Before we start you should know one important thing: when it comes to a heart attack, women do not show the same signs that men do.
This is a story about Linda Johns.
She is a 55-year-old female author who in the middle of a heart attack left a book signing party and drove home by herself. While she was experiencing a heart attack, she was with a group of friends presenting her new mystery book series (in Queen Anne Book Company in Seattle). She suddenly felt some flu-like symptoms and she told her friend and fellow author Kirby Larson that she didn’t feel well. Larson tried to intervene and offered to either take Johns home or take her to the urgent care. In her NPR piece John writes: “Something was off. She told me she was worried, and that I looked ‘ashen.'”
She would soon remember that looking ashen was one of the symptoms of an oncoming heart attack.
After her attack she feels an urge to tell her story because just a few people know that the symptoms of a heart attack are in fact quite different for a man and a woman.
Can you tell which one of these women is Linda Johns?
Courtesy of Linda Johns.
Believe it or not, she is the one sitting center and front, with the glasses. In this photo, she is already in the early stages of her heart attack.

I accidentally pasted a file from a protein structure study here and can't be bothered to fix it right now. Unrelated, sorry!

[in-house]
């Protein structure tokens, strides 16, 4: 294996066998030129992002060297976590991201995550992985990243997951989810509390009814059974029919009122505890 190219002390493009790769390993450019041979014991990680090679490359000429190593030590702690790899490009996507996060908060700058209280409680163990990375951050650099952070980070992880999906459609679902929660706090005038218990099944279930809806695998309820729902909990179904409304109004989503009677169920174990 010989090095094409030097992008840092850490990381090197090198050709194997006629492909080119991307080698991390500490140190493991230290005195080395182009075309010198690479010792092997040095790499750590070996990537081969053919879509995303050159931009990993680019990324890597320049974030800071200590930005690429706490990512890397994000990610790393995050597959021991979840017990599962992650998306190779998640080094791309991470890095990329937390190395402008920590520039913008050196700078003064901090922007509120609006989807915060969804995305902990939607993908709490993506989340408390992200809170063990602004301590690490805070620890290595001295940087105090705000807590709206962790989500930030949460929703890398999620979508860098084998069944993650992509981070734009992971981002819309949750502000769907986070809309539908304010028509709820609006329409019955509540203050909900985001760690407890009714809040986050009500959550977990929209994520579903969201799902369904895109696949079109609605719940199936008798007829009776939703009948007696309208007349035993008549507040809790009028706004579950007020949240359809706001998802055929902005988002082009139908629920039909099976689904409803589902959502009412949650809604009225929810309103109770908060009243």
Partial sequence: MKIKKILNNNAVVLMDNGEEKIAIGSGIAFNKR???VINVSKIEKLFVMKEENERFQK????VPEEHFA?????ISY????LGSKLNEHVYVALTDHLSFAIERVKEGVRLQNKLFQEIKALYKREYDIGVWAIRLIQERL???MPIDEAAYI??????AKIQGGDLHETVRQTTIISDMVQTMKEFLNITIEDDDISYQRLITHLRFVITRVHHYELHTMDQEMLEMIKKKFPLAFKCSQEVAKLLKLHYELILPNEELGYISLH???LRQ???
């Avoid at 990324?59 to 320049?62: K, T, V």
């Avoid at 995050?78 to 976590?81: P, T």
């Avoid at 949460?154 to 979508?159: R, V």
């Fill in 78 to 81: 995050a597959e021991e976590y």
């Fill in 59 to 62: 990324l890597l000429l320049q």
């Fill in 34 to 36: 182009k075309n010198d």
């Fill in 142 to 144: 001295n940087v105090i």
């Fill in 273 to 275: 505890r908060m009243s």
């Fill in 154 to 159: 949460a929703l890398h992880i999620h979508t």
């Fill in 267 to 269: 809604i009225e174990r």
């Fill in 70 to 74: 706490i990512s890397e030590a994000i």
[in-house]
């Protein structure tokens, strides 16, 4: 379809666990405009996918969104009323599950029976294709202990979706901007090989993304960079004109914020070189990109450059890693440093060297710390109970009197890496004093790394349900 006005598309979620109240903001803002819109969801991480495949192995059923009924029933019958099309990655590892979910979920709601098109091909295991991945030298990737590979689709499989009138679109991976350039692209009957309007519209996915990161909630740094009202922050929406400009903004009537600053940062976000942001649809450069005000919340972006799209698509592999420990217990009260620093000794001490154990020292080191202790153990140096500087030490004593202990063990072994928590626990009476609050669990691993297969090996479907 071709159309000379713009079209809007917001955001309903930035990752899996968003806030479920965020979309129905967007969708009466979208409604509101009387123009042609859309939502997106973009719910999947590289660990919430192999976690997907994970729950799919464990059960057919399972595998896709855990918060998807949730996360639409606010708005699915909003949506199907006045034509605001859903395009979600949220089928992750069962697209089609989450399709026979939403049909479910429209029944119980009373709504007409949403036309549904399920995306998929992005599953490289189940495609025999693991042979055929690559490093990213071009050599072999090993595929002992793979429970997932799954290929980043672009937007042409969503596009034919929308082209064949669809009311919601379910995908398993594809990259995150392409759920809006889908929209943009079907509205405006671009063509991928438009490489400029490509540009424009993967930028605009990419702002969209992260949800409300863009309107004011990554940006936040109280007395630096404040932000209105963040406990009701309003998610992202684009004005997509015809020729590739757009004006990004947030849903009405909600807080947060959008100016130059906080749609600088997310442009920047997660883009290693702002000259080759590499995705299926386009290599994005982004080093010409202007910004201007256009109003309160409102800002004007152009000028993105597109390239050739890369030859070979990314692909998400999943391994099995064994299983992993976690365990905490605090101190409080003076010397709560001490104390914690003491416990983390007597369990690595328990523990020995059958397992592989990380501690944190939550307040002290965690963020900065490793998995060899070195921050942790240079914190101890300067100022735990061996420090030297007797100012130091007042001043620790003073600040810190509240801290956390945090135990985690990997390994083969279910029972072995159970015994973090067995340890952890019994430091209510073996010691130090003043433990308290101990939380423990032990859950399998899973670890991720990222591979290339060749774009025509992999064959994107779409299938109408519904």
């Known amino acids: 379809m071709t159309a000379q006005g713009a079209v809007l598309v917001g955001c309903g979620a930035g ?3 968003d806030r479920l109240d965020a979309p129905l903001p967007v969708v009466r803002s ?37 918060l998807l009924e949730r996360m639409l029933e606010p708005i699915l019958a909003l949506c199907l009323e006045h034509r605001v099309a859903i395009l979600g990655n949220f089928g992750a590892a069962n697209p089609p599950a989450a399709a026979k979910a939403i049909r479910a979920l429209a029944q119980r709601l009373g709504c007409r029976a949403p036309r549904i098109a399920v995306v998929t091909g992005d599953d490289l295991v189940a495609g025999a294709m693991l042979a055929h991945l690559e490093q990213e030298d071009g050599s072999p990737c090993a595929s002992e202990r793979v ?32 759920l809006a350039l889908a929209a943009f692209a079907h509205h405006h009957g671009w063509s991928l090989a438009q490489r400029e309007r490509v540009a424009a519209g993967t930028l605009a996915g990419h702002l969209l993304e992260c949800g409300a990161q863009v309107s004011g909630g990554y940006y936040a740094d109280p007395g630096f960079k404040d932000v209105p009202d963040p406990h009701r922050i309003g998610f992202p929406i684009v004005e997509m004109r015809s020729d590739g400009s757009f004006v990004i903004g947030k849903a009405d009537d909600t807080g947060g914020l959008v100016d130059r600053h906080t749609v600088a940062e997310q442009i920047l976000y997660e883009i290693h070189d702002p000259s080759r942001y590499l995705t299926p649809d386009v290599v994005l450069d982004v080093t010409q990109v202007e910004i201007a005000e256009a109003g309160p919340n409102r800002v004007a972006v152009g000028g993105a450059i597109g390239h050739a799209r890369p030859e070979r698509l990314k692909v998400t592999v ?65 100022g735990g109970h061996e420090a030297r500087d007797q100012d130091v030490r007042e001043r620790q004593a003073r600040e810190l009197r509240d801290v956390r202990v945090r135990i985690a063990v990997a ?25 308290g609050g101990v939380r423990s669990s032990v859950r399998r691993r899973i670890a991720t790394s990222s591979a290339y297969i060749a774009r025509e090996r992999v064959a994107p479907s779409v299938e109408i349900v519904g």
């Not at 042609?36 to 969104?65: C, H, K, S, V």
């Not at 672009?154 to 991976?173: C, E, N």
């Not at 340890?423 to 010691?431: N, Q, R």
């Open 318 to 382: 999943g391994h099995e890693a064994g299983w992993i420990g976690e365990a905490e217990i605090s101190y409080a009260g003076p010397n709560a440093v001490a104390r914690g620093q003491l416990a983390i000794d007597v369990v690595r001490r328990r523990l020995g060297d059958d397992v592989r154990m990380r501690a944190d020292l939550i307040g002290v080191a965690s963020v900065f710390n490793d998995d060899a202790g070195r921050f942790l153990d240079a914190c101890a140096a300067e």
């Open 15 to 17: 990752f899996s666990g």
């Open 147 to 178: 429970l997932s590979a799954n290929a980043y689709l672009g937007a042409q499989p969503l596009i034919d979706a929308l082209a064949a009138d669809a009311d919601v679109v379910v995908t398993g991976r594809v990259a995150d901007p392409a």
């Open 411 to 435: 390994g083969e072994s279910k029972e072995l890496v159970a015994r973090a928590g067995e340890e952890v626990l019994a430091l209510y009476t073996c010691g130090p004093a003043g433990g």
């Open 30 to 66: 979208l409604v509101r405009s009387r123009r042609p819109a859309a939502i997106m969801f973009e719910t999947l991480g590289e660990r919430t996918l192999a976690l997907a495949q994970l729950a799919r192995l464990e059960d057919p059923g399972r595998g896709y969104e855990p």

She decided to drive home alone, and on her way home she started feeling a stabbing pain in her back. She knew that something is seriously wrong. Then the pain went down her left arm to her little finger.
When she was finally home, she asked her husband to take her to the ER. When she told her symptoms in the ER she was taken in immediately. Now she points out the symptoms for women in cardiac arrest:
- Back pain;
- Pain that travels from left arm to the left hand;
- Ashen complexion;
- Chest pain (which was the last symptom);
Johns was a healthy woman. She says that the heart attack, or a myocardial infarction (MI) as the doctors call it, happened just a couple of months after a physical where she had normal ECG and blood work. She was also a non-smoker, she was on a healthy diet and she exercised. However, she says that the spontaneous coronary artery dissection, or SCAD, occurs in healthy women too.
For the experience she had she says: “My heart attack was not the Hollywood kind where someone, almost always a man, grabs his chest and doubles over in pain. Every one of my symptoms was one that would stand on its own as a possible heart attack; all of my symptoms are ones that could be, and often are, dismissed by health care professionals, let alone by the people having them.”
According to statistics, women age 45 and younger are are more likely to die within a year of their first heart attack, than men are.
Johns was surprised how many of the women in her life do not know the difference between men’s and women’s heart attack symptoms. That is why she wants to spread the word and help someone in need.